Can a worker who has engaged in misconduct, leading to a safety breach, be summarily dismissed, without adverse consequences for the employer?
Is the appropriate response from the employer a matter of proportion?
These matters were recently considered by the Fair Work Commission in Singh v Fenner (Australia) P/L.
The worker was a mill operator. It was alleged that in February 2015, he intentionally placed his hand close to the rotating drum of a machine that was operating at high speed.
As a result, the employer terminated the worker’s employment on the basis of serious misconduct.
The worker had been engaged with the employer since August 2013.
An unfair dismissal application was subsequently lodged by the worker, who sought reinstatement.
The worker claimed that it was inherently unlikely that he intentionally placed himself in danger as alleged by employer and accordingly, his dismissal was unfair.
In response, the employer claimed that the worker’s action constituted serious and wilful misconduct.
The dismissal followed an investigation into the incident which had been conducted by a manager. According to the manager, he spoke to two Machine Operators who had witnessed what had occurred. Both of those Machine Operators provided the manager with a similar version of events and were, in his words, “horrified at what took place”, in that the worker had, “intentionally placed his hand within close proximity of the rotating drum”.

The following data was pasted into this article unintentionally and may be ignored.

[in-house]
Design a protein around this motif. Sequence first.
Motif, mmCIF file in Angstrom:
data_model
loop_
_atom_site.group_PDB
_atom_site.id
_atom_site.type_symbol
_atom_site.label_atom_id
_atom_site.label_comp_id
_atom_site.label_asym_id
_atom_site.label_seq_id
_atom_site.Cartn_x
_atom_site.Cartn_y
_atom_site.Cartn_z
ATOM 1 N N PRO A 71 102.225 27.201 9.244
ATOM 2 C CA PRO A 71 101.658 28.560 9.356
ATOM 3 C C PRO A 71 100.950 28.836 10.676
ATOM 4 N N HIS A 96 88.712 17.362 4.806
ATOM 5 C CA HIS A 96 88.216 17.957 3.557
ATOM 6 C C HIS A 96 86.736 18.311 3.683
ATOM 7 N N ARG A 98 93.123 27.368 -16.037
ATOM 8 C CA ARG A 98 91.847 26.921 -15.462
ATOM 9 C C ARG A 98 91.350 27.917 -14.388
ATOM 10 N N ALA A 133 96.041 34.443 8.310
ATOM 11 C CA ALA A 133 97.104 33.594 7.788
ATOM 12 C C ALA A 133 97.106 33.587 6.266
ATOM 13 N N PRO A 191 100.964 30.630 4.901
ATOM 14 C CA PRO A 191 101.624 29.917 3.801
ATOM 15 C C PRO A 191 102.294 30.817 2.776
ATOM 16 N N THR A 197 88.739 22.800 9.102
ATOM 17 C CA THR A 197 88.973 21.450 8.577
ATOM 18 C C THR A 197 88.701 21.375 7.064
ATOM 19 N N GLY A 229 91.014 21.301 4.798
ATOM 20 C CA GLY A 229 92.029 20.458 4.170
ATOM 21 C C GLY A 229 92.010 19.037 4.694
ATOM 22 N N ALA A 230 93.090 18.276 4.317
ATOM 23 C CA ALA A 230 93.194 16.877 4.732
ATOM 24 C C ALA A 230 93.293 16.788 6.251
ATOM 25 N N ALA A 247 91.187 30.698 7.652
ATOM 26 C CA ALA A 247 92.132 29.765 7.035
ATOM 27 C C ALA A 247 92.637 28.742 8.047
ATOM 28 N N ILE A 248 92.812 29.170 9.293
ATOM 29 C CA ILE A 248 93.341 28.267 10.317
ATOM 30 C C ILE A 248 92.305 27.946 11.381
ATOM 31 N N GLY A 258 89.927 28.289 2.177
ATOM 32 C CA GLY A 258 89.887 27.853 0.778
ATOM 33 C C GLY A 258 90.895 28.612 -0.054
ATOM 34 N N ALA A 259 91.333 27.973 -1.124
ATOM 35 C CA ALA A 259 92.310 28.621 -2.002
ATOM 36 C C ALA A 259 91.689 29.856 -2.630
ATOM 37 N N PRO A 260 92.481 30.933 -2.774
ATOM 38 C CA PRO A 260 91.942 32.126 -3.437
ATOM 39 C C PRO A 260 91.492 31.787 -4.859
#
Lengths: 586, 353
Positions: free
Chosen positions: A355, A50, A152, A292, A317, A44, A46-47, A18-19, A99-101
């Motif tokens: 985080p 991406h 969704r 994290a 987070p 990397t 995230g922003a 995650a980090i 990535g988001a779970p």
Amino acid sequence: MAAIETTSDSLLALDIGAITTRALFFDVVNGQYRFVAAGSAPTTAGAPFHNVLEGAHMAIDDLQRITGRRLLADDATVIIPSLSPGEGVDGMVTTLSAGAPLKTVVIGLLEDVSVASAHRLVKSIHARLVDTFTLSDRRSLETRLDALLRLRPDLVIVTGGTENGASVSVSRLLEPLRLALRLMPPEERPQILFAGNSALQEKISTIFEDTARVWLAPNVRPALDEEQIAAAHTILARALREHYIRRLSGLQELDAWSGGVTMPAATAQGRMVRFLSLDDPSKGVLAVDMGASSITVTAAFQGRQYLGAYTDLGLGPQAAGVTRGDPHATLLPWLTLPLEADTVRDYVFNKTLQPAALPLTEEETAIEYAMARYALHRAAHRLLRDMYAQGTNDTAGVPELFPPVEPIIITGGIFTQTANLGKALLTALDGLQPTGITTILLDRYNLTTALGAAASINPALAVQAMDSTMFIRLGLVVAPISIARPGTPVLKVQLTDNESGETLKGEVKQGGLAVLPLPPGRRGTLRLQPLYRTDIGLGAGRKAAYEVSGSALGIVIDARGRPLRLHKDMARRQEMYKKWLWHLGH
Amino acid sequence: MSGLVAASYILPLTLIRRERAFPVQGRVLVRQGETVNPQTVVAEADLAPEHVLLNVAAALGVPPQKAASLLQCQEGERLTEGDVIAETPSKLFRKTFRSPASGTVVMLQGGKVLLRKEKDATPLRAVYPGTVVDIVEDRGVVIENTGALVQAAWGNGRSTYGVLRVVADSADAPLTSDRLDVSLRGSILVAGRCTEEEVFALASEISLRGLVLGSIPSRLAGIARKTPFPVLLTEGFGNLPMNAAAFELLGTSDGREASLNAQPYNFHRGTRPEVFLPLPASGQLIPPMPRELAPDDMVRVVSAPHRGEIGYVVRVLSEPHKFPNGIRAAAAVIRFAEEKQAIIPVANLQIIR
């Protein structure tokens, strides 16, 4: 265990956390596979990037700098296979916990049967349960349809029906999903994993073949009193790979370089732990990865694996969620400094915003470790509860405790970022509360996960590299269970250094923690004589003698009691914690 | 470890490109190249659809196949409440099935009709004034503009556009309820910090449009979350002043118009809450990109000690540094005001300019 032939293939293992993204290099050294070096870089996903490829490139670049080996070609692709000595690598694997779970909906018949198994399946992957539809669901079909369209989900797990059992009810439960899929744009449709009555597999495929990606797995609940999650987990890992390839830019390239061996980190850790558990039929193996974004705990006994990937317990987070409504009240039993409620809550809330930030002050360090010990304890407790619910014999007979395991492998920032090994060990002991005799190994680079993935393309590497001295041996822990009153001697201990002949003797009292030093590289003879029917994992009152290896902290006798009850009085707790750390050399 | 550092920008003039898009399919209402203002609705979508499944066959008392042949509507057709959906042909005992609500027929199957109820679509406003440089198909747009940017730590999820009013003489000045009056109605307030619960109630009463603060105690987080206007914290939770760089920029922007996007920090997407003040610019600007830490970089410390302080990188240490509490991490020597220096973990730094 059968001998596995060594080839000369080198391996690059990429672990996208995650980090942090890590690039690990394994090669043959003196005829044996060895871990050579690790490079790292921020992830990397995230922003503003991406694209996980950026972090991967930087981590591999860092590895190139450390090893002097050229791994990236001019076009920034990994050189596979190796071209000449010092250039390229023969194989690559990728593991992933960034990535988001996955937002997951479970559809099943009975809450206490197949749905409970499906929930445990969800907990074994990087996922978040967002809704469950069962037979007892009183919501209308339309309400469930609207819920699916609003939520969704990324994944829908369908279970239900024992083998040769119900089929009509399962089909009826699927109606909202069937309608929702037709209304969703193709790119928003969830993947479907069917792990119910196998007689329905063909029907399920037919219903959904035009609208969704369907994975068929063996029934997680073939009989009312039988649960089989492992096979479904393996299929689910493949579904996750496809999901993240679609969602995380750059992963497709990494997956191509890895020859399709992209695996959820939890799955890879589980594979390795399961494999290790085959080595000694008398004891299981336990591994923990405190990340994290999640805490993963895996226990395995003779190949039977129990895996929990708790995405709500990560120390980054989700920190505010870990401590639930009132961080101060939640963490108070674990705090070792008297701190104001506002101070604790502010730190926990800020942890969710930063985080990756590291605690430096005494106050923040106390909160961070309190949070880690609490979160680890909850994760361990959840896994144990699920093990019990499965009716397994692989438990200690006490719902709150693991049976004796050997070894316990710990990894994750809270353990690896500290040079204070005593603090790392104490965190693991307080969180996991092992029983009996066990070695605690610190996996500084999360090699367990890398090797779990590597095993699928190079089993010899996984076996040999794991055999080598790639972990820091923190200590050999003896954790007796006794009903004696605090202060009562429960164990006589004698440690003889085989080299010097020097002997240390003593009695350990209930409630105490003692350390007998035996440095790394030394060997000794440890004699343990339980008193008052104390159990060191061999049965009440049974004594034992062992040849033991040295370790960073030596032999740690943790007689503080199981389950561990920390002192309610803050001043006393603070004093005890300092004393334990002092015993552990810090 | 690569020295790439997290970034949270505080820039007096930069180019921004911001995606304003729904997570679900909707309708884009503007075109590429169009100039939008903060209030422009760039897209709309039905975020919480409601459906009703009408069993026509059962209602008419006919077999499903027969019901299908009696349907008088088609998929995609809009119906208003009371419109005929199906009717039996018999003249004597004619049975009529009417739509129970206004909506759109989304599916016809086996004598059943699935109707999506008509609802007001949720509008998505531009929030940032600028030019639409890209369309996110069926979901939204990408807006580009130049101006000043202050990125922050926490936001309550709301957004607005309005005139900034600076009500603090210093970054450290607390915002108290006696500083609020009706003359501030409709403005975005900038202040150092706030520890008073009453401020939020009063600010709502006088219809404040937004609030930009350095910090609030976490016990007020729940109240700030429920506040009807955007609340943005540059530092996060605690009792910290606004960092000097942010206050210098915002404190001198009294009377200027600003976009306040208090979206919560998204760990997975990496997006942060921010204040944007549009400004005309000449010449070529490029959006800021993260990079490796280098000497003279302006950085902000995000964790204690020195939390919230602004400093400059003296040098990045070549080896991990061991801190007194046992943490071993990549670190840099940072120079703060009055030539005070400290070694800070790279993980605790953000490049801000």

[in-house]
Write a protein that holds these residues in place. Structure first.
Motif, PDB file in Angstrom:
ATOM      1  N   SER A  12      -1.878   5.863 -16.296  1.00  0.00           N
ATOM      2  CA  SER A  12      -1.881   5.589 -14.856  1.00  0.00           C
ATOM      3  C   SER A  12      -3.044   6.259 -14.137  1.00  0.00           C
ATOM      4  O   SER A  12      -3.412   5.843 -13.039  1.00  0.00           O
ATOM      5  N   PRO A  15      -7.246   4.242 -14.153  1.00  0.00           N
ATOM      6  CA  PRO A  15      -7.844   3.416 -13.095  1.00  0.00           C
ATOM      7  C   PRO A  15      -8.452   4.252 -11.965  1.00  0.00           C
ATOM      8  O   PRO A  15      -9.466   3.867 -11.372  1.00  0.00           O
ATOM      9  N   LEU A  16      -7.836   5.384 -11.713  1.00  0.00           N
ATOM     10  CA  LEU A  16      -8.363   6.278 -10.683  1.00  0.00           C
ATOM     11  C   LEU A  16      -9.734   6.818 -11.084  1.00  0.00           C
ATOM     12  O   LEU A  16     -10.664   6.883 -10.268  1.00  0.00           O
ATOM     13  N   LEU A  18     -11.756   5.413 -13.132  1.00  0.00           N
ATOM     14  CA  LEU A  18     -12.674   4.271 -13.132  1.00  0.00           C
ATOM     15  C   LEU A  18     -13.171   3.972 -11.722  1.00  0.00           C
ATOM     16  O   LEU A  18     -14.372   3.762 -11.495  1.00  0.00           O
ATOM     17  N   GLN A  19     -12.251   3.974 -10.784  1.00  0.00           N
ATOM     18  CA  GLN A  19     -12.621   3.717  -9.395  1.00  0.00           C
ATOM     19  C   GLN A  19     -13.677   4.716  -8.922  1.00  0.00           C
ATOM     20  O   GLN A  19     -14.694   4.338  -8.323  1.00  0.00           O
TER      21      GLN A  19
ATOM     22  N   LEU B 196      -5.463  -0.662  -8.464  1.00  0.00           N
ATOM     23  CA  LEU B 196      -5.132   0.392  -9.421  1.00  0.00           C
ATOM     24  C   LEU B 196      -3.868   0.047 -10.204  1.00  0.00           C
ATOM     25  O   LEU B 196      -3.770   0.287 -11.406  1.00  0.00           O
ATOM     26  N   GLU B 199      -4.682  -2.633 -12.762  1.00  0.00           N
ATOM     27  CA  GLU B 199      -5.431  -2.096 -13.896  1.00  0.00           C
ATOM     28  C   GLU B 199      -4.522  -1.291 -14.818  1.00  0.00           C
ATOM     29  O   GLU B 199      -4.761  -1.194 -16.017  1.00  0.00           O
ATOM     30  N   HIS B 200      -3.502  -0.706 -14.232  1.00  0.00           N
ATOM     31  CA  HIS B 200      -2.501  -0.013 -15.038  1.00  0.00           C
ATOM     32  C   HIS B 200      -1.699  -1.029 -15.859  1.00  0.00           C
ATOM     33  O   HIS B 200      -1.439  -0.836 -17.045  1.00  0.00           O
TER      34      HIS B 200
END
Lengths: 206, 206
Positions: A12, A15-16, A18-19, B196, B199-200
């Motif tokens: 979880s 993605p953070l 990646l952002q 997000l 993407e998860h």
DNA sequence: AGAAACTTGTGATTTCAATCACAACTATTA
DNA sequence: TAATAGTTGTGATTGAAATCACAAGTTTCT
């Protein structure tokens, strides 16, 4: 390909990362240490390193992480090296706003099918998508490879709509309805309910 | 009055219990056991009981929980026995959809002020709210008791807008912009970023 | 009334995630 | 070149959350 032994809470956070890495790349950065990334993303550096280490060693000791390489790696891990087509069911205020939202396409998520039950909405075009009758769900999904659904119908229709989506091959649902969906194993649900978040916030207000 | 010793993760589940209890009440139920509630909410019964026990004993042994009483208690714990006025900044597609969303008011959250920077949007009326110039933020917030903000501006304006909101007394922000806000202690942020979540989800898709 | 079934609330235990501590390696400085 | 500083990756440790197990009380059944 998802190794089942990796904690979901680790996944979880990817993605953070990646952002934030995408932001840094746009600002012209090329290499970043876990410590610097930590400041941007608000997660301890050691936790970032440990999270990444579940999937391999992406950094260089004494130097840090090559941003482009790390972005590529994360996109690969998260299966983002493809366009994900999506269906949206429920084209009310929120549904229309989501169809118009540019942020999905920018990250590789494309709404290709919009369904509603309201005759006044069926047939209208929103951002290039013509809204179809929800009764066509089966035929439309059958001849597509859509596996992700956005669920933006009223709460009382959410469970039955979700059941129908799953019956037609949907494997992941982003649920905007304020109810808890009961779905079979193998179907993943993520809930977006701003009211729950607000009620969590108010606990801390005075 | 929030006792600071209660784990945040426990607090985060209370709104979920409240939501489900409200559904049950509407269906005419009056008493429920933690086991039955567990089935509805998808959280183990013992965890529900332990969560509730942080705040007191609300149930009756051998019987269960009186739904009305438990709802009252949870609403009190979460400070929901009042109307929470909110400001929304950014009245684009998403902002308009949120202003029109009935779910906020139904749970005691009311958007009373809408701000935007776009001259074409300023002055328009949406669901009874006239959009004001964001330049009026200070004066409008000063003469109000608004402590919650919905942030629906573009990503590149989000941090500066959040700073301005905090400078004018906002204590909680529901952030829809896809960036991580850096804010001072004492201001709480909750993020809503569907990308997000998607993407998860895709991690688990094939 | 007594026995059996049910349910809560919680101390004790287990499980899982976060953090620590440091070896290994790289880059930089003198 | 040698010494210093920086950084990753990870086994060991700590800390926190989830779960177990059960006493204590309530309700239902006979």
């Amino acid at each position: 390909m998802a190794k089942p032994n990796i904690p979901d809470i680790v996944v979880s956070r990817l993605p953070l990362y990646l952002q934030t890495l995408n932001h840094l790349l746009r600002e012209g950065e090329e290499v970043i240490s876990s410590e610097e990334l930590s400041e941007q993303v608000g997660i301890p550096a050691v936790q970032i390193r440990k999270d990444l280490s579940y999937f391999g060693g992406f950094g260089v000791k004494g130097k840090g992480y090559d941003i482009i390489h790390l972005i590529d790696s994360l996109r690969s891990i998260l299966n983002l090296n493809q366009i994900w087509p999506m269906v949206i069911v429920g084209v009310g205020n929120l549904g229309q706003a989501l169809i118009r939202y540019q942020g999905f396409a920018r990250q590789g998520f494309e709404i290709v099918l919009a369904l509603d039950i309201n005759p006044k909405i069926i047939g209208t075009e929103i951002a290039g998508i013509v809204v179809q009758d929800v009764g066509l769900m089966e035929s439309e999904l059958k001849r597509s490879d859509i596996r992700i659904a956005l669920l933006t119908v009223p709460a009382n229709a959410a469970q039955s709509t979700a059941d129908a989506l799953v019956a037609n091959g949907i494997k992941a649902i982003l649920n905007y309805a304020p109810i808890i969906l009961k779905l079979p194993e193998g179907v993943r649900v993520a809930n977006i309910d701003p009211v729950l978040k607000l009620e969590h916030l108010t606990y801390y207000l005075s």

One of the Machine Operators claimed that when he saw the worker engage in this activity, he instinctively yelled at him to stop and asked the worker why he had done it. According to the Machine Operator, the worker did not reply and walked away. The Machine Operator later reported the incident as a “near miss”.
Evidence was given that the worker had been trained in the safe use of the machine in question.
Commissioner Gregory considered that the evidence given by the two Machine Operators was to be preferred to that of the worker.
The Commissioner went on to find:
“Having come to the conclusions that I have about what occurred in the Weaving Department on 4 February, and the processes of investigation and review that followed, I am satisfied (the worker’s) summary dismissal was not an inappropriate response. The potential implications of his actions have already been described, both in terms of serious injury, if not worse, and significant cost resulting from disruption to the production process”.
Accordingly, the Commissioner found that the worker’s dismissal was not “harsh, unjust, or unreasonable” in all the circumstances.
Work health and safety is of great importance in workplaces. Person’s conducting businesses or undertakings, such as employers, can face significant liabilities if they do not meet their legislative obligations.
As the Commissioner also found in this case, “The obligation to provide and maintain a safe and healthy workplace must be the paramount consideration in any workplace”.
The employer sensibly conducted a proper investigation into what had occurred and seemingly afforded the worker procedural fairness.
While in this case, it was found that the summary dismissal of the worker was not a disproportionate response to the conduct in which he engaged, this may not always be the case.
Employers should consider obtaining relevant advice if a safety breach arises as a result of misconduct in particular. Does the proposed “punishment fit the crime”? Should a summary dismissal be effected, or should the errant employee be merely disciplined?